Supplementum Epigraphicum Graecum

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(2,472 words)

Author(s): Editorial Board,
Selected Topics Nabataea Nabataean Nabataean (rulers) Nabataean(s) Nabataeans Nabataean(s) (at Bostra) Nabataean(s) (cult of the sun) Nabataean(s) (Damaskos and--kingdom) Nabataean(s) (deity) Nabataean(s) in the Dekapolis Nab…

SEG 61-404. Akarnania. Western Greeks and Romans.

(174 words)

Author(s): Chaniotis, A. | Corsten, T. | Papazarkadas, N. | Tybout, R.A.
⇐ Previous Browse ⇑ Next ⇒ Entry S.Zoumbaki, art.cit. (see our lemma no. 399) 527-529, collects the evidence for the presence in Akarnania of Romans and Greeks from South Italy. She discusses the presence of …

SEG 60-1594. Korykos. Christian epitaph of Agathoklion (or Agathokles?).

(197 words)

Author(s): Chaniotis, A. | Corsten, T. | Papazarkadas, N. | Tybout, R.A.
⇐ Previous Browse ⇑ Next ⇒ Entry MAMA III 208; Hagel-Tomaschitz, Repertorium 235 Korykos 244. In view of the defective writing of the deceased’s occupation (ληνπώλου for ληνοπώλου), D.Feissel, art.cit. (cf. SEG 60 1045) 426 note 32…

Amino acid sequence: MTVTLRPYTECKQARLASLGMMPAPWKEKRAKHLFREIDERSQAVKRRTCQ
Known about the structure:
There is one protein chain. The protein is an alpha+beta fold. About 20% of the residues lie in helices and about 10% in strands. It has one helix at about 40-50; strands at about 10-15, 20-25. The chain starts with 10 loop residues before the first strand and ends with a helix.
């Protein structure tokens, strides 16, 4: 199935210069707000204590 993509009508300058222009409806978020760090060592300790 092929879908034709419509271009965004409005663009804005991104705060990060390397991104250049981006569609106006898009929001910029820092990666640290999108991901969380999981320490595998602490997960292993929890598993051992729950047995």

SEG 60-291. Corinth. Corinthian personal names, late 4th to early 7th cent. A.D.

(480 words)

Author(s): Chaniotis, A. | Corsten, T. | Papazarkadas, N. | Tybout, R.A.
⇐ Previous Browse ⇑ Next ⇒ EntryIn Corinth in Context 257-323, Michael B.Walbank conducts a massive prosopographic analysis of the nomenclature on Corinthian inscriptions of this period, most of them Christian…

SEG 61-1003. Troas. Roman citizens.

(108 words)

Author(s): Chaniotis, A. | Corsten, T. | Papazarkadas, N. | Tybout, R.A.
⇐ Previous Browse ⇑ Next ⇒ Entry J.-H.Römhild, in Studien — (cf. our lemma no. 1024) 159-179, presents a survey of the evidence, mostly epigraphical, for Roman citizens in general and negotiatores in particular…

SEG 60-1964. Mines and quarries.

(334 words)

Author(s): Chaniotis, A. | Corsten, T. | Papazarkadas, N. | Tybout, R.A.
⇐ Previous Browse ⇑ Next ⇒ Entry A.M.Hirt, Imperial Mines and Quarries in the Roman World. Organizational Aspects 27 BC-AD 235 (Oxford 2010), is largely based on Latin inscriptions. Relevant for Greek epigraphists are hi…
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